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Physicist Wins Premier Young Researcher Award

Dec 3, 2008

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Canadian Institutes of Health Research presents Sunnybrook scientist with top honour.

By Jim Oldfield

Dr. Charles Cunningham accepted Canada's Premier Young Researcher award at the seventh annual Canadian Health Research Awards gala on November 19th, 2008, held at the National Gallery of Canada in Ottawa. The award, worth $560,000 over five years, is co-funded by the Peter Lougheed Medical Research Foundation and the Canadian Institutes of Health Research (CIHR), and given annually to the top-ranked applicant in the CIHR New Investigator funding competition.

Cunningham placed first of 50 researchers from across Canada in that competition—a rare and prestigious distinction. "I wasn't expecting this award," said Cunningham, an imaging scientist at Sunnybrook Research Institute (SRI), "but it sure makes life easier." Roughly one-half of the award goes to salary, with the remainder available for research operating expenses. Cunningham plans to use some of the funding to recruit new lab members, likely one or two postdoctoral fellows, to his current staff of five.

With his lab and other SRI collaborators, Cunningham is developing magnetic resonance imaging (MRI) techniques for use in the new field of molecular imaging. Approaches he's working on include experimentation with the physics of radiofrequency pulse design to improve MRI sensitivity, placing magnetic iron nanoparticles in cells to monitor cell movements in the body and genetically modifying cells to produce an enzyme which could then be imaged with a contrast agent.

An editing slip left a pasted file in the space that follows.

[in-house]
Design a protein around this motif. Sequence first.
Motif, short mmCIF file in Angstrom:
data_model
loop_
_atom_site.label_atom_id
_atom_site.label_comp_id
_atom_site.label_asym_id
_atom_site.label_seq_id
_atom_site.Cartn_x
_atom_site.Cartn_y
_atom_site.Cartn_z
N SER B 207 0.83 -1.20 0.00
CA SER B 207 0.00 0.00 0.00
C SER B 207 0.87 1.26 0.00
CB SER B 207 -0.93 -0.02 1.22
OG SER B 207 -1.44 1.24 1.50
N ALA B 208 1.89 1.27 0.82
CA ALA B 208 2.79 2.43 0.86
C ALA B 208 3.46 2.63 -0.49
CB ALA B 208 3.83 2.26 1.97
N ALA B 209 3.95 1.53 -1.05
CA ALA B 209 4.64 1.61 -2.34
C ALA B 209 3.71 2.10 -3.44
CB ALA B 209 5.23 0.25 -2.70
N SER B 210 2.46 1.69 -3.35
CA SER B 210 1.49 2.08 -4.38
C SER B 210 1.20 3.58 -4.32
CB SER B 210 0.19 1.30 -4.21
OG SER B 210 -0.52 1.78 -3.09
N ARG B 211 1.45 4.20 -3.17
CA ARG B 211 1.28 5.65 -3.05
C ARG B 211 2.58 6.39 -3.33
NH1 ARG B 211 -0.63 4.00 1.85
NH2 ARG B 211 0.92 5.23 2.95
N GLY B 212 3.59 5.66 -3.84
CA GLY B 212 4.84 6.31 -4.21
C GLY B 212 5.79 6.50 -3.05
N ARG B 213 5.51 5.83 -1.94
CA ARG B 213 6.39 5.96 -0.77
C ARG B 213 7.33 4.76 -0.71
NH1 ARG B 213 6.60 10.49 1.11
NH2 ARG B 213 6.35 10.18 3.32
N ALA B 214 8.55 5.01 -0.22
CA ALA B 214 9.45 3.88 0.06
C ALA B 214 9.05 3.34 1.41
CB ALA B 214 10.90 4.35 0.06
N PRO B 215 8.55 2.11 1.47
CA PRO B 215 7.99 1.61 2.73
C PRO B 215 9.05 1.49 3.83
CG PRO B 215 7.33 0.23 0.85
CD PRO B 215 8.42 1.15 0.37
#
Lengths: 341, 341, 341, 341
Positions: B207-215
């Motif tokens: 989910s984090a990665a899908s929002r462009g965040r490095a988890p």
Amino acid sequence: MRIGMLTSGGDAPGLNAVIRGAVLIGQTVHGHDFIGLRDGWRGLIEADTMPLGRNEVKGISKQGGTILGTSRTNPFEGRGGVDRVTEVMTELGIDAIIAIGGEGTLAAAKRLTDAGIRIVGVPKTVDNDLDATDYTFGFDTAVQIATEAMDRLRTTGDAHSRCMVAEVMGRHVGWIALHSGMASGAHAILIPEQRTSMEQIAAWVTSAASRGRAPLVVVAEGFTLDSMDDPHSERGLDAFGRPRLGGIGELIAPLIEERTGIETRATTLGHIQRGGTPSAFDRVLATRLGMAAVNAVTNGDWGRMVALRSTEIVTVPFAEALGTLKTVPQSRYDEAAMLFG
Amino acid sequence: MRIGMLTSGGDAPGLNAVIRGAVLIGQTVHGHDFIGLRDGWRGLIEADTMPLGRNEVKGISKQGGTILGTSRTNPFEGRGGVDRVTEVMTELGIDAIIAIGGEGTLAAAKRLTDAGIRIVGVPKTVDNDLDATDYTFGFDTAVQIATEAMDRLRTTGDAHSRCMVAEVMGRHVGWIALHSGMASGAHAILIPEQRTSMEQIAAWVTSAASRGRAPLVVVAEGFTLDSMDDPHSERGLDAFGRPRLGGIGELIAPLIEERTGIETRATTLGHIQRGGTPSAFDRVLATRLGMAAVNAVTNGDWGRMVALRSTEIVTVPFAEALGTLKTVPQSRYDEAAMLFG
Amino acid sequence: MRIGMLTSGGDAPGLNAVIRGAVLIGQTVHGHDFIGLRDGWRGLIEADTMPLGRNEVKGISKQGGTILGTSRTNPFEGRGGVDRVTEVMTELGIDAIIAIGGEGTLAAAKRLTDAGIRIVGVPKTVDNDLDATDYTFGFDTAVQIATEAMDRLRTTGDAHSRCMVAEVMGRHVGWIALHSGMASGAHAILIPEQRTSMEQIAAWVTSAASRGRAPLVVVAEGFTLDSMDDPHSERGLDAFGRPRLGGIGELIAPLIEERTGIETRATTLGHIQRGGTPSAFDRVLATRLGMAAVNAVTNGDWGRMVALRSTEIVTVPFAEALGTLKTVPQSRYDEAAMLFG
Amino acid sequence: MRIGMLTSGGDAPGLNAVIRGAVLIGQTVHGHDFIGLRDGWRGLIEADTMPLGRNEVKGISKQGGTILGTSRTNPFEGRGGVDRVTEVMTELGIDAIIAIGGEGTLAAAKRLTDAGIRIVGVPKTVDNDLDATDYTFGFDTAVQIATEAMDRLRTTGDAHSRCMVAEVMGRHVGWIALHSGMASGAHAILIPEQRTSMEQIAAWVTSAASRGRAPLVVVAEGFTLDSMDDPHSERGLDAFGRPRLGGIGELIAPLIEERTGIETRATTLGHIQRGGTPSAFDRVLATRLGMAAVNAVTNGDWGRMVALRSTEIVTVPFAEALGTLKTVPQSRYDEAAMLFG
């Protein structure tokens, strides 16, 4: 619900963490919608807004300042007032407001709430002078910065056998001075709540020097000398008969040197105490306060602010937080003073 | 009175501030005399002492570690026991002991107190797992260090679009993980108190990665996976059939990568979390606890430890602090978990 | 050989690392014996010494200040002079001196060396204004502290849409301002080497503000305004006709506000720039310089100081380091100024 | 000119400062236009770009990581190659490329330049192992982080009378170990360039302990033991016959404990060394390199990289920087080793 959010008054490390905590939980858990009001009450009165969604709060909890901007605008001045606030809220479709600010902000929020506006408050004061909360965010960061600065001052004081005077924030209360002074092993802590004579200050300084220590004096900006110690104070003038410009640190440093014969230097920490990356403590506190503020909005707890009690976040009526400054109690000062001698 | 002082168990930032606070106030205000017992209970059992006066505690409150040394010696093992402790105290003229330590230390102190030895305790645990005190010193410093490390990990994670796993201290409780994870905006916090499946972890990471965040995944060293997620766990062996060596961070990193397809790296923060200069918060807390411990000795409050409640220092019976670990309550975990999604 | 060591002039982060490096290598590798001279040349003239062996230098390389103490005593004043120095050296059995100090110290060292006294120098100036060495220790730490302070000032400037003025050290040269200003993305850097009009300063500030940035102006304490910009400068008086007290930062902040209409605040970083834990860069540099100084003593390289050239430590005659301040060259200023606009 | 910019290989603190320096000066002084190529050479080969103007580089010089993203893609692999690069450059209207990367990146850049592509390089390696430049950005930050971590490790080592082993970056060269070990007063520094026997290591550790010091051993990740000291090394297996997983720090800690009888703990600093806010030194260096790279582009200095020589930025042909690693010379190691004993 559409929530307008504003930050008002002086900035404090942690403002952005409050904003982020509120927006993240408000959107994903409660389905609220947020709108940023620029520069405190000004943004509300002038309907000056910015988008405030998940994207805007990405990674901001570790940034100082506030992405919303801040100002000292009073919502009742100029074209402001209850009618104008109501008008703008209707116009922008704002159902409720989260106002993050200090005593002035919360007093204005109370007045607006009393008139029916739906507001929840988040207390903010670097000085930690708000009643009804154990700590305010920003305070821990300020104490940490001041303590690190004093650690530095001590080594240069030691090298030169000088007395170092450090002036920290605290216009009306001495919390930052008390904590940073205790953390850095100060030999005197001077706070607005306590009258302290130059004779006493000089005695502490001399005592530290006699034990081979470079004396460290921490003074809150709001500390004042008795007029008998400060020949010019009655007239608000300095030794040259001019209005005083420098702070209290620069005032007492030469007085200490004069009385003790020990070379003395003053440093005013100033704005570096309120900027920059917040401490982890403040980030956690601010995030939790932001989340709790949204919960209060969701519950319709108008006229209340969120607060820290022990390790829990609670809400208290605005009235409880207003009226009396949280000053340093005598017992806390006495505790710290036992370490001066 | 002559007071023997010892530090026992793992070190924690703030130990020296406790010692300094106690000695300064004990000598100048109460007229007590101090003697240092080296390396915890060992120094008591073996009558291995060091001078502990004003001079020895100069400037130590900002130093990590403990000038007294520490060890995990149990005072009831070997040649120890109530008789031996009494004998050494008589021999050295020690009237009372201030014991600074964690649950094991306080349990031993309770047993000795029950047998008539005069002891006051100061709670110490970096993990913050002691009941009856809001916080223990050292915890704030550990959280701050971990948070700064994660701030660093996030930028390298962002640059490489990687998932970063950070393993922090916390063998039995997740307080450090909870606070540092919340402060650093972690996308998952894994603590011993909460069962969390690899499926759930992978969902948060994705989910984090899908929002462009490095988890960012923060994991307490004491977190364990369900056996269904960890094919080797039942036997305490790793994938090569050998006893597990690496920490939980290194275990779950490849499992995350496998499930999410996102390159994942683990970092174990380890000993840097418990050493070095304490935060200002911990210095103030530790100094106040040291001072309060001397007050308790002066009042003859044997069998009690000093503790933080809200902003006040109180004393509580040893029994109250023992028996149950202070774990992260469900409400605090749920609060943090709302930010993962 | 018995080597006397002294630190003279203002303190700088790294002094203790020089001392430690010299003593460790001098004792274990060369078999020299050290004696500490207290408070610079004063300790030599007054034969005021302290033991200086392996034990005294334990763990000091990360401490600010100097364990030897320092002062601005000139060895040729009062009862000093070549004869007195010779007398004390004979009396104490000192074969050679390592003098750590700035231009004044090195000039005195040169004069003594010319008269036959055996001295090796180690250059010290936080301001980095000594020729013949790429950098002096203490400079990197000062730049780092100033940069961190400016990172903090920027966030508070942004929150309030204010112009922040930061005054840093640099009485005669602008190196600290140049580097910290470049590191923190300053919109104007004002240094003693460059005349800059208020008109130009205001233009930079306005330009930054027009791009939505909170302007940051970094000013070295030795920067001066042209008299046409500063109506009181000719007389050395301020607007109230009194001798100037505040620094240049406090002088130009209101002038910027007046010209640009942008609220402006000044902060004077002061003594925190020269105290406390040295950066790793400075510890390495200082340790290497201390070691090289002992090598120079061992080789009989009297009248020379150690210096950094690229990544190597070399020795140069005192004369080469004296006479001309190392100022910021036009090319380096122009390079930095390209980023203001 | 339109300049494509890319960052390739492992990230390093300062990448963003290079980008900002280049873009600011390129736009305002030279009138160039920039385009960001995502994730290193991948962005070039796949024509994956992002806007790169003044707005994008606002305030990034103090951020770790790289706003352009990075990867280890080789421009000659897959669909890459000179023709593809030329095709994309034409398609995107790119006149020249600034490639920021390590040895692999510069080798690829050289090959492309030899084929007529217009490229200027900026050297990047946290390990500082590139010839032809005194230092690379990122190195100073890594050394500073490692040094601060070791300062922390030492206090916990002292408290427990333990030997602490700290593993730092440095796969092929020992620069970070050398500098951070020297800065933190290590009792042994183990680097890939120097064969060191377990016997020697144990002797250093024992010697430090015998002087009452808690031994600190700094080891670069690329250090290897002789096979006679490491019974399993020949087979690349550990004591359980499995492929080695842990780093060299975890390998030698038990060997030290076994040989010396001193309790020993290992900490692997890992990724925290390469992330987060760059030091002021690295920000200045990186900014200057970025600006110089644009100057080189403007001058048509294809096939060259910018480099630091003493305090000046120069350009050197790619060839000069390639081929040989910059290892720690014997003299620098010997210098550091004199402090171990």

Cunningham performs much of this work, which has potential for novel applications across several clinical areas with a focus on cancer and cardiology, with SRI's recently installed hyperpolarizer. Funded by the Canada Foundation for Innovation, the device enables unprecedented sensitivity, accuracy and depth of imaging of metabolism via hyperpolarized carbon, in real time.

An assistant professor in the department of medical biophysics at the University of Toronto, from which he received a PhD in 2002, Cunningham completed a postdoctoral fellowship at Stanford University in California before returning to Toronto and setting up a lab at SRI. In addition to helping establish that lab, the award has already meant considerable recognition and publicity, which Cunningham said will "definitely help" future funding applications.

As for the award ceremony and presentation, attended by CIHR's president Alain Beaudet, numerous research luminaries and their friends and family, and a smattering of politicians, Cunningham was enthusiastic but modest: "To receive this award at an event like that, in the Great Hall with a view of the Parliament Buildings—it was pretty special."

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